Some writers work best with a deadline, and others even use the pressure that, if writer’s block sets in, food won’t find its way to their table. But it’d be a rare writer who enjoys pain and/or a manuscript full of typos, so this week, let’s take a few minutes to think about keyboards.
Scott Stein recently gave some thought to whether or not really little keyboards are harder to use than not-quite-full-sized ones. He wrote, “Even though any Netbook keyboard is better in theory than any smartphone keyboard, slightly-smaller-than-full-size keyboards provoke a strange effect on prolonged typing. Fingers can get cramped, hands tired, and keyboard errors get made more often.”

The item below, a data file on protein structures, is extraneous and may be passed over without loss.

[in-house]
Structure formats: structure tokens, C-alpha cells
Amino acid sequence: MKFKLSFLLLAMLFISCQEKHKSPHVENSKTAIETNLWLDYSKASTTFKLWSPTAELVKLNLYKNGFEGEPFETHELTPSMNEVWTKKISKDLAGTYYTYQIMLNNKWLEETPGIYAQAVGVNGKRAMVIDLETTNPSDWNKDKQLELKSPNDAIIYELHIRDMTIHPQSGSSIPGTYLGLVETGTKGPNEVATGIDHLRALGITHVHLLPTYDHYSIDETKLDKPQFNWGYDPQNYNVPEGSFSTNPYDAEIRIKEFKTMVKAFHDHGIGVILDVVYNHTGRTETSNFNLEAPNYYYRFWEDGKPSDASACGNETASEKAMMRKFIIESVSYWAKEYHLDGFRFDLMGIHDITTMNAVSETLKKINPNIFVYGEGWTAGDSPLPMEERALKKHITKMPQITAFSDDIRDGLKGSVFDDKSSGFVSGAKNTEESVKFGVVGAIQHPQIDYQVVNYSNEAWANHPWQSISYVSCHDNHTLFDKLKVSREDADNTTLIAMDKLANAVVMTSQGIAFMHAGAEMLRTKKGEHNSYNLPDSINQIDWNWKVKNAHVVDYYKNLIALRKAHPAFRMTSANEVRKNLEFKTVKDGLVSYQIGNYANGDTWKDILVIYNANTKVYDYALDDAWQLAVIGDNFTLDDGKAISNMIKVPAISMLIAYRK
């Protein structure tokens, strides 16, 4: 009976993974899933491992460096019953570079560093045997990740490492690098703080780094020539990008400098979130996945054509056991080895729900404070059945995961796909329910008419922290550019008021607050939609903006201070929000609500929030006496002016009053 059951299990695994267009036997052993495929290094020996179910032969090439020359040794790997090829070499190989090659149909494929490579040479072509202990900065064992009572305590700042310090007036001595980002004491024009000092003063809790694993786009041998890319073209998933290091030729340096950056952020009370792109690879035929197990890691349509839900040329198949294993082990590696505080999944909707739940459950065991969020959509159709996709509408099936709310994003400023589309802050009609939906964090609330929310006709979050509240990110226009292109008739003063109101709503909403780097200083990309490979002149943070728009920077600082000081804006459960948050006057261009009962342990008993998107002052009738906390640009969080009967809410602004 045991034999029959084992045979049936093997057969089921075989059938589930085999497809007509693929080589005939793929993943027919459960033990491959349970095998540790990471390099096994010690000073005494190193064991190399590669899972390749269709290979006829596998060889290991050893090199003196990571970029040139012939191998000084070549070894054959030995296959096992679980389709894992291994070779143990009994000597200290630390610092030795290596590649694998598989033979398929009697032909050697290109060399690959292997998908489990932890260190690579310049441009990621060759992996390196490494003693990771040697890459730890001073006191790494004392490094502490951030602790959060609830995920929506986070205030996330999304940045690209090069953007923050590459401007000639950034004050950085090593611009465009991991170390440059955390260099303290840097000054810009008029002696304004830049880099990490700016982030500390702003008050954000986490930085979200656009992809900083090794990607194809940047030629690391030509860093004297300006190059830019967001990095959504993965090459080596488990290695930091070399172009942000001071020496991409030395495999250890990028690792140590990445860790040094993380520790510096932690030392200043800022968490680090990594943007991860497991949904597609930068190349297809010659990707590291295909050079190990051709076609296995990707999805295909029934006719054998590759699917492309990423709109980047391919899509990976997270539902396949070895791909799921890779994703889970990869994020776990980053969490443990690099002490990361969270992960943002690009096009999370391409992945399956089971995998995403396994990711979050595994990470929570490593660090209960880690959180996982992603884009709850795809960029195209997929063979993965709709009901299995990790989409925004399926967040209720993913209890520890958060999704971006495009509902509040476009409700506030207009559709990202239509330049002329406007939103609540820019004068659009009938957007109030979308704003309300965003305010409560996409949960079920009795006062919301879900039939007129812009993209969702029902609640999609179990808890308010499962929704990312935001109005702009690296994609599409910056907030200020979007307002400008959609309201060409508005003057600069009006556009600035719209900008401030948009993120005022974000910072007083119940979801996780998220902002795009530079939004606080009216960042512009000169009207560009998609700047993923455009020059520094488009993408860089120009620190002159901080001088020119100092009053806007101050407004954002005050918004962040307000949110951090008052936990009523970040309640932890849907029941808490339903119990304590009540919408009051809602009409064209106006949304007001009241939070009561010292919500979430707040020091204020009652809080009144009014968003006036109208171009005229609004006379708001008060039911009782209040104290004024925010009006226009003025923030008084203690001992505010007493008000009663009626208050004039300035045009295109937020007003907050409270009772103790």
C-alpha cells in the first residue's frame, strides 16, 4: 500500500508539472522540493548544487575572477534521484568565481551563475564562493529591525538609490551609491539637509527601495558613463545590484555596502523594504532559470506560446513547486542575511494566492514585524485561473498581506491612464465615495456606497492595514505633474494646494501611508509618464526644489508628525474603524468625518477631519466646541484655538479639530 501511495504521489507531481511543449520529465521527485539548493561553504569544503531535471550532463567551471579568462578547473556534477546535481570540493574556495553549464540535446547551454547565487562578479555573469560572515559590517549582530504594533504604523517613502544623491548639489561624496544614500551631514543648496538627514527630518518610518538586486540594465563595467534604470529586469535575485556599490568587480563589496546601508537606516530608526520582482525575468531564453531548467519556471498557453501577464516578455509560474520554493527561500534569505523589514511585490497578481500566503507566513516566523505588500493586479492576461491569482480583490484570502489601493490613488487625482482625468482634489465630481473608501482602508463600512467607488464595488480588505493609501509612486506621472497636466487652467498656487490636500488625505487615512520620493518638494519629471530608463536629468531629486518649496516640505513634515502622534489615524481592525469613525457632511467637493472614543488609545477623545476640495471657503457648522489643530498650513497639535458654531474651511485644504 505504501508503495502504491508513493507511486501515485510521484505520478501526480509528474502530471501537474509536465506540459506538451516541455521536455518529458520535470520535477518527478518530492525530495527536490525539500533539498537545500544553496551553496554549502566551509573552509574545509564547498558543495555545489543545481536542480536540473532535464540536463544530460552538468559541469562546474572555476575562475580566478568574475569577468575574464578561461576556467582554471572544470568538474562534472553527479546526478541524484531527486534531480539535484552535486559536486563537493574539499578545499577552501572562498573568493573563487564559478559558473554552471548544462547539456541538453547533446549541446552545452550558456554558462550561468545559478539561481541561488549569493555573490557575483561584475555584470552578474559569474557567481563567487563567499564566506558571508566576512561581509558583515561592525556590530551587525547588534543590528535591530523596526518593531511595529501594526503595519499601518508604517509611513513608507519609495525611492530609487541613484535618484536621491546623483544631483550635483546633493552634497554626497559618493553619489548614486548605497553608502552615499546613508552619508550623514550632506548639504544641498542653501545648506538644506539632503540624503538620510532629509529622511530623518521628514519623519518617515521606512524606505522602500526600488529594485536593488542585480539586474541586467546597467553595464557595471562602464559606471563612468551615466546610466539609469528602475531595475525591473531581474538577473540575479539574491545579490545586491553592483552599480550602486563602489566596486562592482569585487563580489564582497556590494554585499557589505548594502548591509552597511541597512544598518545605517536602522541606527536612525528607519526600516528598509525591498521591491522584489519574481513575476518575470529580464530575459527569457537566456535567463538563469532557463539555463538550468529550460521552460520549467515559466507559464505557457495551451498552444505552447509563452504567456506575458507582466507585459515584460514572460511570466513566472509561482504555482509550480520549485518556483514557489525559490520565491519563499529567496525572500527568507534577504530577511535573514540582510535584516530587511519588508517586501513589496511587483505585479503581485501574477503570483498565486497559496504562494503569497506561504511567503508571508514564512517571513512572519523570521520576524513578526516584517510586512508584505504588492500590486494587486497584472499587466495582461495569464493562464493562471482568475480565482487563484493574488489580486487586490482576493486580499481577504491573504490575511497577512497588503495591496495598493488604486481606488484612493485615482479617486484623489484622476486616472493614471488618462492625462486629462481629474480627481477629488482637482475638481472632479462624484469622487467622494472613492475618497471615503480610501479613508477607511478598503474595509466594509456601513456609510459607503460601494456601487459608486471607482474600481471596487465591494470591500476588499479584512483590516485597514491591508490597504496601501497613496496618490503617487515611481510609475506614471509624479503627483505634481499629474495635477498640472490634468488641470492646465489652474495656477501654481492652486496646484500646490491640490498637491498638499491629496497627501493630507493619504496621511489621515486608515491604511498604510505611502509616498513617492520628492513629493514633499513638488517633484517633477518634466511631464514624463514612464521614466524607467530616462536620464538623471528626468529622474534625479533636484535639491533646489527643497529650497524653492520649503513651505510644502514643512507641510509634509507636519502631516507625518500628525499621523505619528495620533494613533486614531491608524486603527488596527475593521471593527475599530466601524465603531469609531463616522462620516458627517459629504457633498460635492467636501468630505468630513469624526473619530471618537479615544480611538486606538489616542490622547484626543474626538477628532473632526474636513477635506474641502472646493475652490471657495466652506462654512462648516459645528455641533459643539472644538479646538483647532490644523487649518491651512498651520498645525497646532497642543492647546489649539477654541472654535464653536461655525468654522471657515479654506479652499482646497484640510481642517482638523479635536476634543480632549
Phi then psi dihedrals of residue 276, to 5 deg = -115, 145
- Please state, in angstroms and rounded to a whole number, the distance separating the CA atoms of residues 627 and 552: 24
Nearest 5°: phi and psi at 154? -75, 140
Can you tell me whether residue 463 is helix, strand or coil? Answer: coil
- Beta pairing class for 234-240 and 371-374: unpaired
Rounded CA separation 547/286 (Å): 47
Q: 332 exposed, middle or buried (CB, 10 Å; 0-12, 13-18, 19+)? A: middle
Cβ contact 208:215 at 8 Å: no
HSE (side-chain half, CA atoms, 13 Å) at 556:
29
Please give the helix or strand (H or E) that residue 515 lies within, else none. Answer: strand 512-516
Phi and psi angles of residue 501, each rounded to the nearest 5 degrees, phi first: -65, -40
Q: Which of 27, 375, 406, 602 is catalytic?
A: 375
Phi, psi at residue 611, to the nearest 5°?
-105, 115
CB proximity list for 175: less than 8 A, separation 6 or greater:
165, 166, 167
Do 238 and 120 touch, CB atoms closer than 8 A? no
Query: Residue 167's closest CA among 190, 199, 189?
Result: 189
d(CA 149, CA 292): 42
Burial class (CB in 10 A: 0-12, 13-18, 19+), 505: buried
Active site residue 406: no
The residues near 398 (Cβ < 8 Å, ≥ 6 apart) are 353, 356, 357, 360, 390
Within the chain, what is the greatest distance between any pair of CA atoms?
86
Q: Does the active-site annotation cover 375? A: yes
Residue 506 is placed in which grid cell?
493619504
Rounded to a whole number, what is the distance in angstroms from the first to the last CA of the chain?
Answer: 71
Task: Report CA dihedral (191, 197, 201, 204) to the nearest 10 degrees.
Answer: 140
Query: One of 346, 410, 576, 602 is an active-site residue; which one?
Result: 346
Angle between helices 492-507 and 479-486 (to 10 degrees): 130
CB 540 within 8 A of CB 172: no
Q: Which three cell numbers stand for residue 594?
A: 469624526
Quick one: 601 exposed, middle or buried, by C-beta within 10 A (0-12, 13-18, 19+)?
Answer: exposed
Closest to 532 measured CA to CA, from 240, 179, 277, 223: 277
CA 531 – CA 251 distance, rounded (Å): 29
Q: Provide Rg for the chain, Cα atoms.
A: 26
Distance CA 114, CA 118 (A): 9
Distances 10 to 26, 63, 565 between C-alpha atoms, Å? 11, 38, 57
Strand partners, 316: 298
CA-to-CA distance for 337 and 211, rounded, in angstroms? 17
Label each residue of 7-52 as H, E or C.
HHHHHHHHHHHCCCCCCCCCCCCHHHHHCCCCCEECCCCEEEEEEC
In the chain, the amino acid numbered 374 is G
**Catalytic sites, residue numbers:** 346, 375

His argument is that tiny keyboards keep your attention, while with an almost-normal keyboard, you’ll likely try to go on autopilot but keep finding things “off.”
And then there’s the realm of full-sized keyboards to consider. Some will happily submit to a trip through the dishwasher. Others are “ergonomic” to the degree that they look like the control panels to an alien starship. Then you’ve got your standard-layout keyboards, but with all varying degrees of button pushback and noisiness.
Depending on how much typing you do, it might be smart to buy several different keyboards and then just pick a favorite.admin
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